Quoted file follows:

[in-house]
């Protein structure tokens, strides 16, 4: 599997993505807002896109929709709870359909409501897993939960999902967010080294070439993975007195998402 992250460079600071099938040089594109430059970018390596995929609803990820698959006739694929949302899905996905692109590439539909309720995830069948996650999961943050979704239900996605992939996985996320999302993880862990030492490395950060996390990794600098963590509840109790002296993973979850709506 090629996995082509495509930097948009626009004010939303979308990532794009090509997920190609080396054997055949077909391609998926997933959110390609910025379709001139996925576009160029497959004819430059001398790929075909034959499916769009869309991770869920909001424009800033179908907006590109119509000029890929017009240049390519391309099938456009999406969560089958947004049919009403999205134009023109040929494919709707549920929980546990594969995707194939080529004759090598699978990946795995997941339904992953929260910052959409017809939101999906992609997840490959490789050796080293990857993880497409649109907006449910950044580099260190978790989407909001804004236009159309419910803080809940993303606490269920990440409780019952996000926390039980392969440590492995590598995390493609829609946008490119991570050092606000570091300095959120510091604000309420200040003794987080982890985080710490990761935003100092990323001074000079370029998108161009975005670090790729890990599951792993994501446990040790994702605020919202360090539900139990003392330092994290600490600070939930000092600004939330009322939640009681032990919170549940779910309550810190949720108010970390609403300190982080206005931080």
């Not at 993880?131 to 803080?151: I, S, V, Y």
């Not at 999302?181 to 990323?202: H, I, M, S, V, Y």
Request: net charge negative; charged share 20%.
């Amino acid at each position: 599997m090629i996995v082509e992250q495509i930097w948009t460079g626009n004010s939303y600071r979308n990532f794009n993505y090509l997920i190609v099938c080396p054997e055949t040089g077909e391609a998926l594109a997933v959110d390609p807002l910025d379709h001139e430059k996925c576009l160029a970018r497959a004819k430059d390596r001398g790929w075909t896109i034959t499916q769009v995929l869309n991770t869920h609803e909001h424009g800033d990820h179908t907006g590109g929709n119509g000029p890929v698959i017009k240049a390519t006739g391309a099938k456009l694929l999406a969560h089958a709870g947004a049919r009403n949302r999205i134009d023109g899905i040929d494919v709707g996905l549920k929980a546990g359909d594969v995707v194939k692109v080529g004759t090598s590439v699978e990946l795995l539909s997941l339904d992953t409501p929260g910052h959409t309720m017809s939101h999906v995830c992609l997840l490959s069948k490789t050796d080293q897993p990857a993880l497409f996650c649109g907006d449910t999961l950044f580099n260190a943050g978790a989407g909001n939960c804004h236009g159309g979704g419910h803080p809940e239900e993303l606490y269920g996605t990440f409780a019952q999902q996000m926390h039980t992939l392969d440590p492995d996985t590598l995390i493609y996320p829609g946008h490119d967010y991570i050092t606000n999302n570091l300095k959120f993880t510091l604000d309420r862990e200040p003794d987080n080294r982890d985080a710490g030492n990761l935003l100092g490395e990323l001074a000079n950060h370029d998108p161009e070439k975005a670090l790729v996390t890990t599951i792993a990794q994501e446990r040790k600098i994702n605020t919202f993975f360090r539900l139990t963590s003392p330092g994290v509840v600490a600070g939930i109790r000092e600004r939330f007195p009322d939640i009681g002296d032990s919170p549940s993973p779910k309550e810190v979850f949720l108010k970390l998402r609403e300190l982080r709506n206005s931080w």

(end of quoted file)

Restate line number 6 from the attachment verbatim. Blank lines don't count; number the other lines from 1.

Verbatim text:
């Amino acid at each position: 599997m090629i996995v082509e992250q495509i930097w948009t460079g626009n004010s939303y600071r979308n990532f794009n993505y090509l997920i190609v099938c080396p054997e055949t040089g077909e391609a998926l594109a997933v959110d390609p807002l910025d379709h001139e430059k996925c576009l160029a970018r497959a004819k430059d390596r001398g790929w075909t896109i034959t499916q769009v995929l869309n991770t869920h609803e909001h424009g800033d990820h179908t907006g590109g929709n119509g000029p890929v698959i017009k240049a390519t006739g391309a099938k456009l694929l999406a969560h089958a709870g947004a049919r009403n949302r999205i134009d023109g899905i040929d494919v709707g996905l549920k929980a546990g359909d594969v995707v194939k692109v080529g004759t090598s590439v699978e990946l795995l539909s997941l339904d992953t409501p929260g910052h959409t309720m017809s939101h999906v995830c992609l997840l490959s069948k490789t050796d080293q897993p990857a993880l497409f996650c649109g907006d449910t999961l950044f580099n260190a943050g978790a989407g909001n939960c804004h236009g159309g979704g419910h803080p809940e239900e993303l606490y269920g996605t990440f409780a019952q999902q996000m926390h039980t992939l392969d440590p492995d996985t590598l995390i493609y996320p829609g946008h490119d967010y991570i050092t606000n999302n570091l300095k959120f993880t510091l604000d309420r862990e200040p003794d987080n080294r982890d985080a710490g030492n990761l935003l100092g490395e990323l001074a000079n950060h370029d998108p161009e070439k975005a670090l790729v996390t890990t599951i792993a990794q994501e446990r040790k600098i994702n605020t919202f993975f360090r539900l139990t963590s003392p330092g994290v509840v600490a600070g939930i109790r000092e600004r939330f007195p009322d939640i009681g002296d032990s919170p549940s993973p779910k309550e810190v979850f949720l108010k970390l998402r609403e300190l982080r709506n206005s931080w």